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Business Maverick

Volkswagen Breaks Ground on $20 Billion Battery Unit’s First Cell Plant

The Volkswagen AG headquarters and auto plant in Wolfsburg, Germany, on Wednesday, March 9, 2022. VW's Chief Executive Officer Herbert Diess is warning that the fallout of a lengthy war between Ukraine and Russia risks being "very much worse" for Europe's economy than the impact caused by the Covid-19 pandemic. Photographer: Krisztian Bocsi/Bloomberg
By Bloomberg
07 Jul 2022 0

Volkswagen AG broke ground on a new battery plant in Germany on Thursday, saying the factory marks the first step in an effort that will generate more than 20 billion euros ($20.4 billion) in annual revenue by the end of the decade.

The Salzgitter venture is one of six battery plants VW has planned for Europe. PowerCo, the unit formed to oversee the carmaker’s global battery business, is expected to invest more than 20 billion euros in five of the factories by 2030, creating roughly 20,000 jobs in Europe, according to a statement.

Automakers from VW to General Motors Co. are exploring different business models as they race to electrify their lineups and catch Tesla Inc., the world’s top seller of electric vehicles. They’re forging partnerships with battery cell makers and mining companies as they try to secure materials and know-how.

Read more: Volkswagen Is Looking at Making Own Batteries in North America

Salzgitter is home to VW’s main motor factory, and last year the carmaker opened an $80 million facility there to research, develop and test EV batteries. Roughly 2 billion euros will be invested in the cell factory by 2026, where production is scheduled to begin in 2025. At full capacity, the plant will be able to produce 40 gigawatt-hours of cells per year, enough for roughly 500,000 EVs, according to the company.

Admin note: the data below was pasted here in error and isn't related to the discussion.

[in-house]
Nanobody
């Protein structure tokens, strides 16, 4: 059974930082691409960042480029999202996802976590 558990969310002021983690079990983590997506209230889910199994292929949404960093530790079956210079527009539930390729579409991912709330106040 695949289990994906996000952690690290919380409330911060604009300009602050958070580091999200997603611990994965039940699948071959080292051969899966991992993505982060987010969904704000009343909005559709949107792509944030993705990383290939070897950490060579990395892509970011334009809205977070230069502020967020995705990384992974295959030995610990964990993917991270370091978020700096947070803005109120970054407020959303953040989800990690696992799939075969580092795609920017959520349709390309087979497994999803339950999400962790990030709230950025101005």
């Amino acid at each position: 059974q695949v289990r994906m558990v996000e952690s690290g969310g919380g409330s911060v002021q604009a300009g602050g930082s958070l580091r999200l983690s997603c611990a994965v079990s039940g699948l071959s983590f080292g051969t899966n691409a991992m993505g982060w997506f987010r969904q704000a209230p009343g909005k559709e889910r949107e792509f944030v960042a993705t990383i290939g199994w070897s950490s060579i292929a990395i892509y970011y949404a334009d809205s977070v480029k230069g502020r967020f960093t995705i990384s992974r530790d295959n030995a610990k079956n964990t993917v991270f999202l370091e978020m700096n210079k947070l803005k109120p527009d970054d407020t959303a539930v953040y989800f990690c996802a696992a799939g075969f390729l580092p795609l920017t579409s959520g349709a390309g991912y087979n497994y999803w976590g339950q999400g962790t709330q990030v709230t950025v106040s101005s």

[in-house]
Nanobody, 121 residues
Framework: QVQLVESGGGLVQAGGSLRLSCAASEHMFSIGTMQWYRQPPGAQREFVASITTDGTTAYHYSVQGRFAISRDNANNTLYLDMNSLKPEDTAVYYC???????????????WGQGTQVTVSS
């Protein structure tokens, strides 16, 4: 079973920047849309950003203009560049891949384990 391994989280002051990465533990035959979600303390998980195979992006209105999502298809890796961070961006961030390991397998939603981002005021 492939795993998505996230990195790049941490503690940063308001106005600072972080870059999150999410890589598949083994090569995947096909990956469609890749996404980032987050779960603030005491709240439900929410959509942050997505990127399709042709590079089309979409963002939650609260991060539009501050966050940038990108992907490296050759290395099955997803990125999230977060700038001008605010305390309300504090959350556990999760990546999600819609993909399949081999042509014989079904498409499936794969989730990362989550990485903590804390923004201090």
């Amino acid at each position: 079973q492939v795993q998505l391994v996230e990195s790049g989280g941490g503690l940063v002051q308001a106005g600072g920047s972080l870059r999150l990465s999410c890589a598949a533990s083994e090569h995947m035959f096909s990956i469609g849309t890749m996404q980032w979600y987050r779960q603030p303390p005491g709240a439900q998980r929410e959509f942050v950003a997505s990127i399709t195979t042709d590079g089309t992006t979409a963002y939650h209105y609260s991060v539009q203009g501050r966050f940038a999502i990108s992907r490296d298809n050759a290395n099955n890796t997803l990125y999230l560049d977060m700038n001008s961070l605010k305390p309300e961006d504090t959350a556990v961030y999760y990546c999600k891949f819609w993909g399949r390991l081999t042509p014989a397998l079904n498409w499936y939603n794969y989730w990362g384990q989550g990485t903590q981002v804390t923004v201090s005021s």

“We hired very seasoned and experienced executives from the battery business,” Chief Executive Officer Herbert Diess said in an interview with Bloomberg Television. “We’re really gearing up to become one of the bigger battery-cell producers.”

VW plans to set up a cell plant in Valencia, Spain, may build another facility in eastern Europe close to its assembly plants, and is scouting for potential sites in the US, the CEO said. VW is open to inviting in more partners to aid the battery push, he added.

PowerCo will be overseen by the VW executives that have been leading the carmaker’s battery efforts: Frank Blome, head of VW’s battery cell and systems, will be the unit’s CEO, while former Apple Inc. executive Soonho Ahn will serve as chief technical officer. The PowerCo team in Salzgitter will oversee activities including procurement, raw-materials processing, battery development and management of the planned plants.

IPO Prospects

VW has indicated it’s open to selling shares in the new business after a period of financing it internally and inviting in strategic partners. Chief Financial Officer Arno Antlitz said last month the unit has been set up in a way to facilitate a potential listing next year or in 2024.

VW’s battery push isn’t without challenges. In the shift to electric cars, manufacturers are facing a complete overhaul of their supply chains with soaring prices for raw materials that threaten to undermine returns.

“Some look with concern at the sheer magnitude of the task that lies ahead of them: can it all end well — for me, for my family, for my region?” German Chancellor Olaf Scholz said during the event in Salzgitter. “That’s why I want to tell you: Yes, it can end well and it will end well, under one condition: that we don’t dwell on the past, but rather take the bull by its horns and aggressively accept the challenge of the new.”


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